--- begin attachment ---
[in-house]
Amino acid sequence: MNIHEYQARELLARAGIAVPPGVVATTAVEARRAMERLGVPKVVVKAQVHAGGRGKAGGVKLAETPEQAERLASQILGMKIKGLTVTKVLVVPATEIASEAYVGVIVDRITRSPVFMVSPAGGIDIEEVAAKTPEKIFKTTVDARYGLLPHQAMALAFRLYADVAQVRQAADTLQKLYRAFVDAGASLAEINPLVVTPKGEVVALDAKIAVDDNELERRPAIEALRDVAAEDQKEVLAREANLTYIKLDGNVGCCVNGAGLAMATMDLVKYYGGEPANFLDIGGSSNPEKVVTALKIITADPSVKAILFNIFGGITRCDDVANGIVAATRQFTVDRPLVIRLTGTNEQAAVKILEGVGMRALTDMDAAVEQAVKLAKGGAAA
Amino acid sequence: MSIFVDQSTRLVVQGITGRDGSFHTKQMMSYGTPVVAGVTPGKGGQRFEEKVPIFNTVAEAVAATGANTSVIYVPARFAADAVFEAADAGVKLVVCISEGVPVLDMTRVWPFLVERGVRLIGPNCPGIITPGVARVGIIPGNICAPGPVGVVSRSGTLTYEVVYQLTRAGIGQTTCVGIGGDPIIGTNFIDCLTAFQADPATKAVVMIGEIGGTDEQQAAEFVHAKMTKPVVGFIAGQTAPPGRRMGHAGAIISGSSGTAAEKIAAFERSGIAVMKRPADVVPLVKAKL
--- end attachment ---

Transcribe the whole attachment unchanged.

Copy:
[in-house]
Amino acid sequence: MNIHEYQARELLARAGIAVPPGVVATTAVEARRAMERLGVPKVVVKAQVHAGGRGKAGGVKLAETPEQAERLASQILGMKIKGLTVTKVLVVPATEIASEAYVGVIVDRITRSPVFMVSPAGGIDIEEVAAKTPEKIFKTTVDARYGLLPHQAMALAFRLYADVAQVRQAADTLQKLYRAFVDAGASLAEINPLVVTPKGEVVALDAKIAVDDNELERRPAIEALRDVAAEDQKEVLAREANLTYIKLDGNVGCCVNGAGLAMATMDLVKYYGGEPANFLDIGGSSNPEKVVTALKIITADPSVKAILFNIFGGITRCDDVANGIVAATRQFTVDRPLVIRLTGTNEQAAVKILEGVGMRALTDMDAAVEQAVKLAKGGAAA
Amino acid sequence: MSIFVDQSTRLVVQGITGRDGSFHTKQMMSYGTPVVAGVTPGKGGQRFEEKVPIFNTVAEAVAATGANTSVIYVPARFAADAVFEAADAGVKLVVCISEGVPVLDMTRVWPFLVERGVRLIGPNCPGIITPGVARVGIIPGNICAPGPVGVVSRSGTLTYEVVYQLTRAGIGQTTCVGIGGDPIIGTNFIDCLTAFQADPATKAVVMIGEIGGTDEQQAAEFVHAKMTKPVVGFIAGQTAPPGRRMGHAGAIISGSSGTAAEKIAAFERSGIAVMKRPADVVPLVKAKL